Metabolic Brain Disease

, Volume 2, Issue 3, pp 207–212 | Cite as

Disposition of homovanillic acid in the primate

  • Alexander L. Miller
  • Roy W. Keenan
  • James W. Maas
  • Ricardo H. Asch
Original Contributions


Prior studies have shown that homovanillic acid is the principal metabolite of dopamine in the primate central nervous system (CNS). In studies of primates given deuterated homovanillic acid systemically, however, only 50% of the administered amounts have been recovered in the urine over the next 4–48 hr. These findings have left it unclear whether there is a slowly turning-over compartment of homovanillic acid, conversion of homovanillic acid to another compound, or excretion of homovanillic acid from the body by a nonrenal route. We synthesized [3H]homovanillic acid and administered it intravenously to four rhesus monkeys. Over the subsequent 4 hr, 94.9 ± 8.9% (SD) of the administered radioactivity was recovered in the urine, almost entirely as homovanillic acid. These results are consistent with the interpretation that, in primates, there is not a major body pool of homovanillic acid with slow turnover, nor is metabolism to other compounds significant, nor is there evidence for nonrenal excretion.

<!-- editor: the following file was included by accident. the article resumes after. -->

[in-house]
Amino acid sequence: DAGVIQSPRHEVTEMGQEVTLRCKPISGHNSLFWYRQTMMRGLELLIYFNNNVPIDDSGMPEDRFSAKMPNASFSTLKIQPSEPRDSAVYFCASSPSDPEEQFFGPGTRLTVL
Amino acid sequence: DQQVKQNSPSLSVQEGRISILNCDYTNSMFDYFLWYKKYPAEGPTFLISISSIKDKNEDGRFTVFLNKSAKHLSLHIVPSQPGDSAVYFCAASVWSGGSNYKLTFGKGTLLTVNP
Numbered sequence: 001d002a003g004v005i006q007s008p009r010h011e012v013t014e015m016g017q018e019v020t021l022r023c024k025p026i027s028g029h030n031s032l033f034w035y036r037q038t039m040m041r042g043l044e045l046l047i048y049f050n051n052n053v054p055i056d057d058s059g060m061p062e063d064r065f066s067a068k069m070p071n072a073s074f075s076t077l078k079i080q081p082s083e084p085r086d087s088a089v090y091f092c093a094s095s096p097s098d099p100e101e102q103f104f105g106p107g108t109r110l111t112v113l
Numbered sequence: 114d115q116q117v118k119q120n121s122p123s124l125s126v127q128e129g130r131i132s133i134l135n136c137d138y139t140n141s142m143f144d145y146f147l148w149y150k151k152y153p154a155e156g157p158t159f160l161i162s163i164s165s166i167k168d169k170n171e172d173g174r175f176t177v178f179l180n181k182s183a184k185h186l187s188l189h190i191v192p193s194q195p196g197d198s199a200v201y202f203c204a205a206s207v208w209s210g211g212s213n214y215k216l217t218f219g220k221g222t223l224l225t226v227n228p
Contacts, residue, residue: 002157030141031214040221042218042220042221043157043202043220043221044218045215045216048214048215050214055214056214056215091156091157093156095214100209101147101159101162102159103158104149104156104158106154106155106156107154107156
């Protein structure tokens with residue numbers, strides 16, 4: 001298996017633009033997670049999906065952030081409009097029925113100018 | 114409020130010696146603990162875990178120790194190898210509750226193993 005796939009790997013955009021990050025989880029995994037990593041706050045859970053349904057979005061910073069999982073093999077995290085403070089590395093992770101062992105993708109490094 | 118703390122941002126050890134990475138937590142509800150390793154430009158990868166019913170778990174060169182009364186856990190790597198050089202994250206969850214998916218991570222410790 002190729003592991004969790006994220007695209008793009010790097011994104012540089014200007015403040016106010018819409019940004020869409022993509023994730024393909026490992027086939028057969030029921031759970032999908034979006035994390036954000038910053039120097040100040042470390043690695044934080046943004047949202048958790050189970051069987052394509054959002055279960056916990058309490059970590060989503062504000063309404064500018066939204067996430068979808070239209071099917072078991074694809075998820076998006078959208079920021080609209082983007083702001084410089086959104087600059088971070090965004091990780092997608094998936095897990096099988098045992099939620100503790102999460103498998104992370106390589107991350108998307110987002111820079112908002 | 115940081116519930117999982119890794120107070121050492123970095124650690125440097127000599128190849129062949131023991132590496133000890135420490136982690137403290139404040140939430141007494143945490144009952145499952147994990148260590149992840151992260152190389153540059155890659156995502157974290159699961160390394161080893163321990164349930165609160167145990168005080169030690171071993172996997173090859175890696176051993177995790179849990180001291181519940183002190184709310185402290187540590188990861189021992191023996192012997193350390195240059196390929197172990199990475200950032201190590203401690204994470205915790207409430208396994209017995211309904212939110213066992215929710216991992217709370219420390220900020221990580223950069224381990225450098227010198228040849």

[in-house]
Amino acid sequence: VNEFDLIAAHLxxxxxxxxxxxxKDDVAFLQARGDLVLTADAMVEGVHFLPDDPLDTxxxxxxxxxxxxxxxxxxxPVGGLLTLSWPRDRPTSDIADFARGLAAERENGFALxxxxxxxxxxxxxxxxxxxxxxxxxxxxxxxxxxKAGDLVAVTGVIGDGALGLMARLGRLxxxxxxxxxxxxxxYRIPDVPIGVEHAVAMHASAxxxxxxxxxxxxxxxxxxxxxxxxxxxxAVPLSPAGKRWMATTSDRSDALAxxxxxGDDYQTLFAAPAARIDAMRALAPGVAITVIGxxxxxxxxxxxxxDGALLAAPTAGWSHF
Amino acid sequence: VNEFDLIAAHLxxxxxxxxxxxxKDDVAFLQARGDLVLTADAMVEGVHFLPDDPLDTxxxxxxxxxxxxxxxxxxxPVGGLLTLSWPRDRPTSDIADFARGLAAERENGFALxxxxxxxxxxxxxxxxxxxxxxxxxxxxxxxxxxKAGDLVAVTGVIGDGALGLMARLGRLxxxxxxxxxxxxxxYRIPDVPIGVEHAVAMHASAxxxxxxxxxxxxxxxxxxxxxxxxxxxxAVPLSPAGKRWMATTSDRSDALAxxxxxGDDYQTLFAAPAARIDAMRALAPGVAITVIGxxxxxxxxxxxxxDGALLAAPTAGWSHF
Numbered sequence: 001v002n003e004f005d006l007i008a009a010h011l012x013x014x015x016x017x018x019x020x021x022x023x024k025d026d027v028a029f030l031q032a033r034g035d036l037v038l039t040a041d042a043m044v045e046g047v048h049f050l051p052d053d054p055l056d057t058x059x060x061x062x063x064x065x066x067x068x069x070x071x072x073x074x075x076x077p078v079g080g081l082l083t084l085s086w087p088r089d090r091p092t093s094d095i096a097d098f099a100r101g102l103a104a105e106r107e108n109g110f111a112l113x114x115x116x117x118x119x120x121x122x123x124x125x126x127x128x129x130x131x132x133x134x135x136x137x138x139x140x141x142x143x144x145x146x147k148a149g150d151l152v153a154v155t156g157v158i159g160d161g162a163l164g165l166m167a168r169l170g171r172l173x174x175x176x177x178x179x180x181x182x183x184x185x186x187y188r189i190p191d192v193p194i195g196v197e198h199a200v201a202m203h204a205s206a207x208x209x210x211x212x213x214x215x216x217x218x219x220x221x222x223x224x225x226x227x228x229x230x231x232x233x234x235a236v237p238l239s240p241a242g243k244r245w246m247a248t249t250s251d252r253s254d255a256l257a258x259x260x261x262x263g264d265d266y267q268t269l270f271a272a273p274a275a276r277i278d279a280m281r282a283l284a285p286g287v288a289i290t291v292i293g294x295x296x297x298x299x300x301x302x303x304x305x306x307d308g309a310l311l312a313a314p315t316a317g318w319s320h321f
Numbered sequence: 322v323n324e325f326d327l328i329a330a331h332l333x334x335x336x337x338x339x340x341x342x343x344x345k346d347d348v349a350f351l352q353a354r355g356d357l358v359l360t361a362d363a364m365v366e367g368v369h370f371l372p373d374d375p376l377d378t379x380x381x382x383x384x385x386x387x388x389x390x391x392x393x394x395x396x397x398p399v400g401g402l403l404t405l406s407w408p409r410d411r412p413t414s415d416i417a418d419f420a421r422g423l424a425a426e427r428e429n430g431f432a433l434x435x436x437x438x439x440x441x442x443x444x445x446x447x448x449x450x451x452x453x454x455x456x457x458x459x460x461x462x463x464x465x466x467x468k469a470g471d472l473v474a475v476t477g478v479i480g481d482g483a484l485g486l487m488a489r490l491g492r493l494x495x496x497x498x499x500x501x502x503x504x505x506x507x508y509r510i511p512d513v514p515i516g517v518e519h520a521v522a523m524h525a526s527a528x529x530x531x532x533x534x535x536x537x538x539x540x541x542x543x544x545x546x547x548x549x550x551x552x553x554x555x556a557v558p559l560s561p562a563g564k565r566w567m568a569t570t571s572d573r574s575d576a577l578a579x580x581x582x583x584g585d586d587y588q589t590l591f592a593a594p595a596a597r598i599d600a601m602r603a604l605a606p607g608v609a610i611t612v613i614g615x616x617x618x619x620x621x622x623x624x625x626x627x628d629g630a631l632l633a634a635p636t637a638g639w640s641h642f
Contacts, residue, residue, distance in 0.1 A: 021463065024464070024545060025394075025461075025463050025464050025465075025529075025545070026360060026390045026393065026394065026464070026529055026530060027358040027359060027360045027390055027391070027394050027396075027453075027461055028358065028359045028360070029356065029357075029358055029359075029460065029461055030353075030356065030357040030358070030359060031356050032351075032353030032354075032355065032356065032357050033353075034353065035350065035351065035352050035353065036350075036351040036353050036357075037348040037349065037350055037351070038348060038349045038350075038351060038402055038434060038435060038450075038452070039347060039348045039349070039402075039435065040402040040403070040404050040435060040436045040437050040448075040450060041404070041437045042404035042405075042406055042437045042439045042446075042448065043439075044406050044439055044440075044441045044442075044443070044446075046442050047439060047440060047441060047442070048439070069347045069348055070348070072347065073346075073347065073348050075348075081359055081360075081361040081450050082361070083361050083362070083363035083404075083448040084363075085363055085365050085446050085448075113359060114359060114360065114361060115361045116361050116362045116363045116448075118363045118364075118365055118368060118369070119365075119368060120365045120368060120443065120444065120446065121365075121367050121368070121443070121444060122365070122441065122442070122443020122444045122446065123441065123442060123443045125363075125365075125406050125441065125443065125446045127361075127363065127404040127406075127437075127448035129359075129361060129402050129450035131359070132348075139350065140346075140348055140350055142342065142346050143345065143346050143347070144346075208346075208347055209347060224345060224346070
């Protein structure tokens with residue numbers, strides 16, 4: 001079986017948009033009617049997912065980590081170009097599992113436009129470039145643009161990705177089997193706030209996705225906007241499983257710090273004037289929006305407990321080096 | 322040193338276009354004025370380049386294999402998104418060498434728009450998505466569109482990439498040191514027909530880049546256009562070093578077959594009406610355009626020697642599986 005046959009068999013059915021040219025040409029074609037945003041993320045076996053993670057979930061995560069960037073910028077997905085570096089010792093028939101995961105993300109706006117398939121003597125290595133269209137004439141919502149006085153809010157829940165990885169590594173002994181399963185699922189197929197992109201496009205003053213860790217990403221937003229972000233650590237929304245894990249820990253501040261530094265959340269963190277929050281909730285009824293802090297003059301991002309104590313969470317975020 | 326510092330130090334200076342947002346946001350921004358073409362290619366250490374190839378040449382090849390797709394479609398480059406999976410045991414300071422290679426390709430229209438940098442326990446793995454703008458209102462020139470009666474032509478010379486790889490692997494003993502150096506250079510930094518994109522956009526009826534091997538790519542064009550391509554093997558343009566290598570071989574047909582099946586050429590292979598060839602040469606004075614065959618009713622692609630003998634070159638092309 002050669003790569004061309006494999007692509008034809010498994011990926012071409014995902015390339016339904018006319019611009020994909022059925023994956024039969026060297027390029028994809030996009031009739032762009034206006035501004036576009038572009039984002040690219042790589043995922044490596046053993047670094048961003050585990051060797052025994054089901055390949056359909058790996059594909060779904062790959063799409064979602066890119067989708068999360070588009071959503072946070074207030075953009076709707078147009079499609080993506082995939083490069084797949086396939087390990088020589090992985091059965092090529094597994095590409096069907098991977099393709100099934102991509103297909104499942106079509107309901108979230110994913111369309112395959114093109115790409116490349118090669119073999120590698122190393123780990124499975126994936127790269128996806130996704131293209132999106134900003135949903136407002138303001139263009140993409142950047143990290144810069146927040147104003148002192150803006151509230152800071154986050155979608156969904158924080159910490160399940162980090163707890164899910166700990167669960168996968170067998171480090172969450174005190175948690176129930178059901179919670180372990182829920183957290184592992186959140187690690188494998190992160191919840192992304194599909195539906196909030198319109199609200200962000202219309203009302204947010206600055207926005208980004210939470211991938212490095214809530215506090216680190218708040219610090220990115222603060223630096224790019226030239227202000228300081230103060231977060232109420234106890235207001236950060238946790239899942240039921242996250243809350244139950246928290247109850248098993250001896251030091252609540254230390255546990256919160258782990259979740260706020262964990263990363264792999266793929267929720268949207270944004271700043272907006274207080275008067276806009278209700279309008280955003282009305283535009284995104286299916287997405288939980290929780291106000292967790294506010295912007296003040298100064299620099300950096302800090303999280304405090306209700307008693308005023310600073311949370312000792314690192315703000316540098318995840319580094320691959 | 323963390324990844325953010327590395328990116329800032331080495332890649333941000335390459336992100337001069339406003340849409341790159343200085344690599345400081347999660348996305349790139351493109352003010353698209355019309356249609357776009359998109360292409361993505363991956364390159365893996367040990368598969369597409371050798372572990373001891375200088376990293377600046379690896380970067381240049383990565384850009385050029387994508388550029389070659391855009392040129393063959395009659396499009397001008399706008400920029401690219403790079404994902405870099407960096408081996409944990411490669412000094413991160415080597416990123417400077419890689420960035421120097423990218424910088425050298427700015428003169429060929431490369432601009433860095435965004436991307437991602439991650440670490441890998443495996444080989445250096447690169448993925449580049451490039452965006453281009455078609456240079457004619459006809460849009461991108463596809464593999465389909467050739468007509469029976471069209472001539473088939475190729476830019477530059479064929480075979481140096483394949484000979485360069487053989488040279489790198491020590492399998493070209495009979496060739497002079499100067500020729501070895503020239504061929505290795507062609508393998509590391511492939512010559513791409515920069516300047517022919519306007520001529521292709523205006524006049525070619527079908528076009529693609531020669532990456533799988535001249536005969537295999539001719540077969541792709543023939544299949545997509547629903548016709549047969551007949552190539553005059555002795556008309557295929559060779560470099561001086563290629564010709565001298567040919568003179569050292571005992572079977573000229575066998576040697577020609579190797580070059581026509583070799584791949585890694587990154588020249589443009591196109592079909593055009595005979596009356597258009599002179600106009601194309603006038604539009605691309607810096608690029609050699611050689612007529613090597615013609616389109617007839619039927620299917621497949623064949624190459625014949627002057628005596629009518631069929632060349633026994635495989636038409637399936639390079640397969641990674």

Key words

homovanillic acid dopamine primate metabolism urine 

Abbreviations used




dihydroxyphenylacetic acid


homovanillic acid


central nervous system


high-performance liquid chromatography


nuclear magnetic resonance




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Copyright information

© Plenum Publishing Corporation 1987

Authors and Affiliations

  • Alexander L. Miller
    • 1
  • Roy W. Keenan
    • 2
  • James W. Maas
    • 1
  • Ricardo H. Asch
    • 3
  1. 1.Department of PsychiatryThe University of Texas Health Science CenterSan Antonio
  2. 2.Department of BiochemistryThe University of Texas Health Science CenterSan Antonio
  3. 3.Department of Obstetrics and GynecologyThe University of Texas Health Science CenterSan Antonio

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